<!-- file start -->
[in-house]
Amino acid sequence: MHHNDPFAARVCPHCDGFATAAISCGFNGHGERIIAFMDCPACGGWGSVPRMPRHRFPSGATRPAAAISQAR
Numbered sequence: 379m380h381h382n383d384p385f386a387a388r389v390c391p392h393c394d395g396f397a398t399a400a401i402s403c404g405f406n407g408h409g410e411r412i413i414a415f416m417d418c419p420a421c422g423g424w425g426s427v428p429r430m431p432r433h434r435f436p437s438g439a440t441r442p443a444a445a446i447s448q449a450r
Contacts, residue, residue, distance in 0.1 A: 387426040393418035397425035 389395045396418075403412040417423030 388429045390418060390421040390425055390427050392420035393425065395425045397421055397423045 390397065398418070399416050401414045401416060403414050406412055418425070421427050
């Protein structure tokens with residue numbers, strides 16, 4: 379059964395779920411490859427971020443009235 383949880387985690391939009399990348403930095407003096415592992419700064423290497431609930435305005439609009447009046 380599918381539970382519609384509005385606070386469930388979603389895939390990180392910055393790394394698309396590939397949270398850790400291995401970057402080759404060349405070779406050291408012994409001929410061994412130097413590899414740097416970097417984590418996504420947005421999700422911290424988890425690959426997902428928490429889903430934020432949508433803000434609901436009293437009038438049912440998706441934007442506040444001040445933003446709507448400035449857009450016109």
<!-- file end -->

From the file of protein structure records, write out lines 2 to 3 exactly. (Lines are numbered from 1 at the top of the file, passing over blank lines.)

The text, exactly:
Amino acid sequence: MHHNDPFAARVCPHCDGFATAAISCGFNGHGERIIAFMDCPACGGWGSVPRMPRHRFPSGATRPAAAISQAR
Numbered sequence: 379m380h381h382n383d384p385f386a387a388r389v390c391p392h393c394d395g396f397a398t399a400a401i402s403c404g405f406n407g408h409g410e411r412i413i414a415f416m417d418c419p420a421c422g423g424w425g426s427v428p429r430m431p432r433h434r435f436p437s438g439a440t441r442p443a444a445a446i447s448q449a450r